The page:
A discovery that will allow paleontologists to improve their knowledge of one of the largest living beings to have traveled the Earth.
Yesterday the University of Delhi announced a sensational find in the Narmada Valley in central India. They found one of the largest dinosaur nurseries in the world, with over 250 fossilized eggs. Their impressive state of conservation will allow us to learn very interesting information about the animals that occupy them.
And it’s not just any animals. According to the researchers, these eggs were deposited there by Titanosaurus. The term is not very precise, because it does not in fact designate a particular species; we’re actually talking about an entire clade.
But as their name, chosen in reference to the Titans of Greek mythology, indicates, they have something in common: their incredible size. Indeed, this clade included some of the most massive living beings to have walked the Earth to our knowledge. They were even bigger than the famous Diplodocus Where Brachiosaurus.
By estimating their size from fossilized bones, it appeared that the smaller titanosaur species were as long and heavy as a school bus, or 12 meters long for about 13 tons. And their head could culminate at more than five meters in height, that is to say as much as a very healthy giraffe. Other titanosaurs may have been even more massive. According to the Britannica Institute, a species called Dreadnoughtus even reached the 25 meters for 70 tons! In the video above, Alamosaurus and argentinosaurus are two representatives of this clade, and Sauroposeidon is a close cousin.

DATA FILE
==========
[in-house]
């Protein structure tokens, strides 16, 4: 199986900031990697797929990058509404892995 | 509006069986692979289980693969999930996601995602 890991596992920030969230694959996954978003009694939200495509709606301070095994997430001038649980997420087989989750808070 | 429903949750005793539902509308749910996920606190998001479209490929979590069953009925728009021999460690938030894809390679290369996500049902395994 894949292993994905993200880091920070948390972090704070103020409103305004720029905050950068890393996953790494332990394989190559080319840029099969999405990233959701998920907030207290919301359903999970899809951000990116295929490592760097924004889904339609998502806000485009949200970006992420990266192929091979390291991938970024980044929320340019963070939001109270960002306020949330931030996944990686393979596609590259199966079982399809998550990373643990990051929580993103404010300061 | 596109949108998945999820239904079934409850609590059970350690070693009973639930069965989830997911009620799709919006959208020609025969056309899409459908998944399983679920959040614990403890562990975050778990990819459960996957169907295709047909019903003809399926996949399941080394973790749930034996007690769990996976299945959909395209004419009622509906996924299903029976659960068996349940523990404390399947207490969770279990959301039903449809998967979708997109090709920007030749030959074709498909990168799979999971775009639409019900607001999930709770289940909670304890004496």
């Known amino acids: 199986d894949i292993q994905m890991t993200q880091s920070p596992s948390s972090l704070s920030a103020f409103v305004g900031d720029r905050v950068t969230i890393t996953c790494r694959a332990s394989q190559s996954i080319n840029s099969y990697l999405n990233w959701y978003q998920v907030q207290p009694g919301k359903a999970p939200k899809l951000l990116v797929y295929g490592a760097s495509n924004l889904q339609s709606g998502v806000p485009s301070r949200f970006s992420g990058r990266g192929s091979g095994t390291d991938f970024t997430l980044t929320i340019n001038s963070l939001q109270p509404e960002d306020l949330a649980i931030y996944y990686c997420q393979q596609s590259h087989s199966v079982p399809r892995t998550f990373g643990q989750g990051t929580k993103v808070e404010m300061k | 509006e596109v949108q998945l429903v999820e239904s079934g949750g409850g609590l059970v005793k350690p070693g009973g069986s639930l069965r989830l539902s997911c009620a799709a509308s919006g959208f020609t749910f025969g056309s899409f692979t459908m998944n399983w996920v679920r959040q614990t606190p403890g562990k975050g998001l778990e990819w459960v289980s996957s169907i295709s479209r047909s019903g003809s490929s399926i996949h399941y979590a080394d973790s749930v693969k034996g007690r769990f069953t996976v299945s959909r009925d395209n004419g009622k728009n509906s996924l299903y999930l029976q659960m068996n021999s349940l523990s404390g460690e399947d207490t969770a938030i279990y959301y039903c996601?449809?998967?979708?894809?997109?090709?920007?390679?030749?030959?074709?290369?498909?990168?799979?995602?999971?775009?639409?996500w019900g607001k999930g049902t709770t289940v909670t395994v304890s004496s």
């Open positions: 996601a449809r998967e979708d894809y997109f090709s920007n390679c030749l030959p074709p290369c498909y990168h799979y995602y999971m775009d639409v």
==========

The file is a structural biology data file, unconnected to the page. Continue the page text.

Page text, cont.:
A wonderful collection full of information
Among dozens of eggs found in 92 separate nests, researchers identified at least 6 distinct species of titanosaurs. This is good news, because until now Indian paleontologists were unaware of such diversity in the region. All seemed to exhibit fairly similar behavioral traits. Indeed, the eggs were carefully buried in small pits specially dug for the occasion.
It is a way of protecting their precious offspring from the countless small egg-laying reptiles of the time. It is a stratagem that we find today in crocodiles, for example. But these nests were also very close to each other, and there was not enough room for so many adults to settle nearby. This suggests that the mother probably left her young to fend for themselves after spawning.
Observation of the eggs also offered some clues as to how they were laid. Certain pathologies, such as a rare case of egg in an egg suggest that the reproductive physiology of titanosaurs was quite similar to that of modern birds.
Researchers will continue to study these samples in the future. This will allow paleontologists to learn more about this huge group, but paradoxically not so well documented as that. By extension, this will also make it possible to refine the predictive models that describe the ecosystems of the time. According to Harsha Dhiman, lead author of the study, this work ” offer new insights into nest preservation conditions and reproductive strategies of sauropods just before their extinction. »
The text of the study is available here.